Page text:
David Schatsky of Green Research just released the results of an interesting survey of senior business executives with corporate sustainability responsibility. After some 30+ interviews, what he came up with is the unsurprising conclusion that different businesses define sustainability in different ways, that they attempt to achieve it by different methods, and that they exhibit quite a range of underlying motivations.
What makes the survey interesting is the list of emphases which Schatsky suggests factor into corporate sustainability plans. Universities and colleges aren't typical corporations (at least, most of us aren't), but the factor list still hits some points of interest for campuses, as they design and implement sustainability plans.
Some listed considerations (customer attitudes and behaviors, employee attitudes and behaviors, competitors and industry leaders) play into the competitive nature of the higher ed market space. I know lots of schools which don't emphasize sustainability specifically to attract a 'better' pool of applicants, but I don't know a single one which doesn't see that sort of thing as a likely side benefit. On the other side of the coin, a number of private institutions are holding back on signing the ACUPCC, but most of them (if pressed) will admit that if enough of their peers sign on, they'll have little choice. The recent incidence of green ratings in college admissions guidebooks certainly has everyone's attention.
Two factors (greatest environmental impacts and principal environmental threats) seem less likely to drive sustainability strategies in higher ed than in other industrial sectors. Campuses aren't major consumers (in economic terms) of any particular finite natural resource. Dramatic shifts in environmental and social sustainability seem likely only to increase the demand for post-secondary education. Only a major hit to worldwide economic sustainability poses much of a threat to colleges and universities, and I'm not aware of a single institution at which that particular threat has engendered serious strategizing.
"Promising environmental opportunities" are at the heart of a few (very few) institutional sustainability strategies. Looking at sustainability (primarily, environmental sustainability) as an emerging market opportunity, these schools are focusing their research and new curricular activities to help them take leadership positions within at least some segments of emerging technologies. As Cal Tech to aerospace, [your school name here] to clean energy or efficient communities or green transit or sustainable food production.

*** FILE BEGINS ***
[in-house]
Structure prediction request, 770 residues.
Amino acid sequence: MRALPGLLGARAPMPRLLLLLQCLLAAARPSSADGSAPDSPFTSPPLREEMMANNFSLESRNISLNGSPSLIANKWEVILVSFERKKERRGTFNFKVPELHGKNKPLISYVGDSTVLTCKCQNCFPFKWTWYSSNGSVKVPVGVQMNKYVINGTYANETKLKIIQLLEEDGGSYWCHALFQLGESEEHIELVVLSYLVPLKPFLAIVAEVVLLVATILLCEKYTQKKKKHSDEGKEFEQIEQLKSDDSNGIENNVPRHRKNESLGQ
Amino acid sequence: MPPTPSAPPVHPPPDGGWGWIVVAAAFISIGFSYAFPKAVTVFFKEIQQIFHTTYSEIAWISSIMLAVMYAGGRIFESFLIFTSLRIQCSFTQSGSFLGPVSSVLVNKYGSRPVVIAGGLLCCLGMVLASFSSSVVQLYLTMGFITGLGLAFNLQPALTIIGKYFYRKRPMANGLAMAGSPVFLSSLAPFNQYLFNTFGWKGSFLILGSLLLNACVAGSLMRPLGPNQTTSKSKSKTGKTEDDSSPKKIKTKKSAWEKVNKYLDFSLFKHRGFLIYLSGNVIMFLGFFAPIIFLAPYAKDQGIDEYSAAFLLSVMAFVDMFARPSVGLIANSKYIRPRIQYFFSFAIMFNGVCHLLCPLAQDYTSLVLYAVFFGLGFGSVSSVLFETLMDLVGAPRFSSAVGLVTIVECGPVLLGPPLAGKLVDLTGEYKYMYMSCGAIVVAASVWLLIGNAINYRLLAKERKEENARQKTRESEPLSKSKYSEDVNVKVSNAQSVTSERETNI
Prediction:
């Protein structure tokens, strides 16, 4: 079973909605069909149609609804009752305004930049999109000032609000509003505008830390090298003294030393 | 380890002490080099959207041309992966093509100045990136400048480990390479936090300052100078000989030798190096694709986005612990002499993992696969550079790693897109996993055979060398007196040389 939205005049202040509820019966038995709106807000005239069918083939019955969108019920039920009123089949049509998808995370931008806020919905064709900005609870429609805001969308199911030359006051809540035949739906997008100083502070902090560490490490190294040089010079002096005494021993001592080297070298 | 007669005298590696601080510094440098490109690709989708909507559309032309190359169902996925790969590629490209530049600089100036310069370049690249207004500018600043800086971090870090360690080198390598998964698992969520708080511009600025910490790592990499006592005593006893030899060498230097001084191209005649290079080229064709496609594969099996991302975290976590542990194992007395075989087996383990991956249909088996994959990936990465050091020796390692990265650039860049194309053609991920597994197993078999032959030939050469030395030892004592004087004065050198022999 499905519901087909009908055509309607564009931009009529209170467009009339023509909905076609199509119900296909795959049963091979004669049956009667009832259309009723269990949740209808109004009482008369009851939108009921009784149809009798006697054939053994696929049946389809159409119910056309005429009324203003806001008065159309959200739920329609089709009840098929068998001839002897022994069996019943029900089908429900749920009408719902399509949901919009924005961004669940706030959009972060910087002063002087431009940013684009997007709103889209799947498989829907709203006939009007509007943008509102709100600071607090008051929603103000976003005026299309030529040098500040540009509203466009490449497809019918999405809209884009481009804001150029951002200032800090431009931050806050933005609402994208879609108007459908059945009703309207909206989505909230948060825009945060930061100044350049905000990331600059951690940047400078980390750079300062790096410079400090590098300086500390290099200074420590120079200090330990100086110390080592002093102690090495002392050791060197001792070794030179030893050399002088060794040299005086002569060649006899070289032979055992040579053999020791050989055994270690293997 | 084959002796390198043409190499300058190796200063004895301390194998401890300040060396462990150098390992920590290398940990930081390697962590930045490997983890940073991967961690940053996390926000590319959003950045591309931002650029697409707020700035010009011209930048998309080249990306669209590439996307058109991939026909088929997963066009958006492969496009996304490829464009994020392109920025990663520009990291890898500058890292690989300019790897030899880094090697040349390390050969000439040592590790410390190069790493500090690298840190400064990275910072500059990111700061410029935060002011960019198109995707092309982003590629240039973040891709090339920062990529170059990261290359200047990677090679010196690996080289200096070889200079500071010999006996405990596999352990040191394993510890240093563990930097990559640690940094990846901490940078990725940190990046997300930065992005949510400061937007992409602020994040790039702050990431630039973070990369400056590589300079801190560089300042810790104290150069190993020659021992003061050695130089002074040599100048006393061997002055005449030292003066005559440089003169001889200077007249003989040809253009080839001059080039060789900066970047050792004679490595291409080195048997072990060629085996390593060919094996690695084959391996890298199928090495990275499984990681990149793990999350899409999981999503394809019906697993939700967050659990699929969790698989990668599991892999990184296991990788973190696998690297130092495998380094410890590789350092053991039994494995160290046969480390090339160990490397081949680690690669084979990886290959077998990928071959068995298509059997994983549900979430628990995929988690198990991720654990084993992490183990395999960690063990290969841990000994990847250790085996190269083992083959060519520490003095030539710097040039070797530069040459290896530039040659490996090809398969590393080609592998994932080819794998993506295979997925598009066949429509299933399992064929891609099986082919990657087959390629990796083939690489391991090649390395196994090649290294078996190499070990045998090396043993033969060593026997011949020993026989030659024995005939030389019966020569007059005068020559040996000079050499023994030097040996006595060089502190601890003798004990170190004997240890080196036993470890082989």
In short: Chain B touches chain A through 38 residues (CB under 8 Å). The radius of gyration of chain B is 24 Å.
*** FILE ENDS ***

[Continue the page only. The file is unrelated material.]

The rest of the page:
The last two factors in Schatsky's list (what you control and link to mission) could get to the root of higher ed sustainability, but seem to have been relegated more to concerns about campus (operational) sustainability. Read "energy efficiency". Read "cost avoidance". Given that colleges and universities have a huge collective impact on the expectations and culture of the next generation (albeit an impact which is largely unmanaged), it seems unfortunate that "what you control" (what is taught, how it is taught, who teaches, who is taught) and mission (role of the institution within the community and society at large) don't figure larger in college and university sustainability plans. A few plans that I've seen give nodding acknowledgment to these factors. But, with the exception of a couple of small liberal arts colleges, no plan I've seen puts a lot of meat on these particular bones. Or, if you prefer, a lot of tofu in this organic beans and rice.
At the moment, at least, "doing the right thing" seems to be the overwhelming favorite motivation for colleges and universities to constitute sustainability efforts. Not that I have any objection to institutions or individuals doing any right thing, of course. But the truth of the matter is that simple virtue doesn't do much to help shape strategy. As goals go, it's too abstract to be useful (even if it's its own reward). A little more worldly consideration, a little more conscious thought about where an institutions long-term interests lie, a little more intentional strategizing about market positioning and (yes) the potential future impact to endowment funds of patents on enabling technologies might just prove far more useful.
Even if it does mean thinking more like a business than like a university.
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